# Fly in a car

1. Apr 17, 2005

### ycy88

You are driving a car. A fly is along for the ride (in the car). The fly is not hanging on to anything. Not the window, not the seat. It is flying. If you drive your car fast, faster than the fly to catch up, will the fly hit the back window? Why?

2. Apr 17, 2005

### DaveC426913

:No. The fly is perched on the *air* - which is accelerated with the car.:

3. Apr 17, 2005

### ycy88

If the air is "accelerated", why won't you feel the "wind" when you are driving in the car?

4. Apr 17, 2005

### Jimmy Snyder

Because you are accelerated too.

5. Apr 17, 2005

### Icebreaker

The fly will hit the backwindow if your acceleration is high enough.

6. Apr 17, 2005

### Berislav

Question:

Wouldn't this depend on whether the windows were open or not? Also, what about inertia?

7. Apr 17, 2005

### Huckleberry

If the density of the fly is greater than that of the air then he will be moved towards the back window. A helium balloon would move forward in an accellerating car because its density is less than that of the air in the car. My guess is that a fly is denser than air.

What I'm really curious about is how Dave made a post with less than 10 characters?

8. Apr 17, 2005

### BicycleTree

He posted white text to hide his answer. Select to see.

9. Apr 17, 2005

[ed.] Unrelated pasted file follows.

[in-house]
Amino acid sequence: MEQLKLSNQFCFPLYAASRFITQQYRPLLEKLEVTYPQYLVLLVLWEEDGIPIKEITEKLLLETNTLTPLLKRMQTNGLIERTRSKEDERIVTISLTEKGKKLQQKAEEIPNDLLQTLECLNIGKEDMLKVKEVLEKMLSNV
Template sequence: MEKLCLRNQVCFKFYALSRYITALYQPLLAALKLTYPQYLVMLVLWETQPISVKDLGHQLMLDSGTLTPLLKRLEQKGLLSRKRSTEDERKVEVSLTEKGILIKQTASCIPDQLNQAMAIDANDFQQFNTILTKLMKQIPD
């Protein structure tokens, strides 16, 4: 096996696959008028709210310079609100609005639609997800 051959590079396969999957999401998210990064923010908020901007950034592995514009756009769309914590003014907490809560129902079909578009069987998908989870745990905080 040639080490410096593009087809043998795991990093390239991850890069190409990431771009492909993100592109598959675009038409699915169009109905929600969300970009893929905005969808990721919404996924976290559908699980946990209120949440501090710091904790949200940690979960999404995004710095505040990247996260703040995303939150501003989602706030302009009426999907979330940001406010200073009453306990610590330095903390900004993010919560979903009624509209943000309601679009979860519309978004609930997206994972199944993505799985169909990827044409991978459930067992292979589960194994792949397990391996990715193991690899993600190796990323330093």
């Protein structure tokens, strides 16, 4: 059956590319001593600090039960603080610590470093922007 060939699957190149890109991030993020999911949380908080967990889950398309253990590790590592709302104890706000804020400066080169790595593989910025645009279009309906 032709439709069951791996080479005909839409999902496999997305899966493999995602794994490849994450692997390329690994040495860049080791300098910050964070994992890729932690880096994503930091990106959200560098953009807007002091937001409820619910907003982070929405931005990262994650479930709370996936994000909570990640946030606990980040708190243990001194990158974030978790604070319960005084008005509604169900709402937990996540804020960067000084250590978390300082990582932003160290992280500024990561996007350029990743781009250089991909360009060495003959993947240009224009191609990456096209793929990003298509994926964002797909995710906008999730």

### Huckleberry

Oh, very clever. I see limitless possibilities in this!

10. Apr 18, 2005

### ArielGenesis

so the acceleration is simmilar like the one due to gravity isn't it. but if the fly doen't being pull to gravity (acting as same density as air even tough if it don't) would it also smashed to the rear window. i agree with the helium after all

11. Apr 18, 2005

### ycy88

Well, what if it all happen in vacuum? Will the fly smash the rear window? (Assume that you and the fly survive without oxygen)

12. Apr 18, 2005

### Jimmy Snyder

The fly will won't be able to fly.

13. Apr 18, 2005

### DaveC426913

The air has very little inertia. It is very easy to accelerate it along with the car. You feel nothing. It *does* have *some* inertia, which is why the helium balloon gets pushed forward as the air gets pushed back.

Yep.

That would be a factor, yes.

Yes, but with so little inertia, the fly is affected more by air resistance. Think of dropping a (non-flying) fly off a roof. It is much mroe affected by air resistance than it is by its own mass. Same thing happens in the car under acceleration.

I take no credit. As you peruse this forum, you will see that it is the standard way of providing an answer.

Ahah! That's clever! But if it were to hop, or use a rocket pack, then yes it would smash into the back window - just as a feather drops like a stone in a vacuum.

14. May 14, 2005

### Rahmuss

In a vacuum, wouldn't the fly hit the back window very easily? There is no air to keep the fly accelerated... nothing pushing the fly forward. And as mentioned, it can't use it's wings to propel itself forward, just like we can't use our arms to do that in a vacuum.

What about with gravity? Does that mean the fly starts on the floor and most likely would not hit the window because it wouldn't get off the floor?

15. May 17, 2005

### DaveC426913

That *would* be the case if not for...
Correct.10char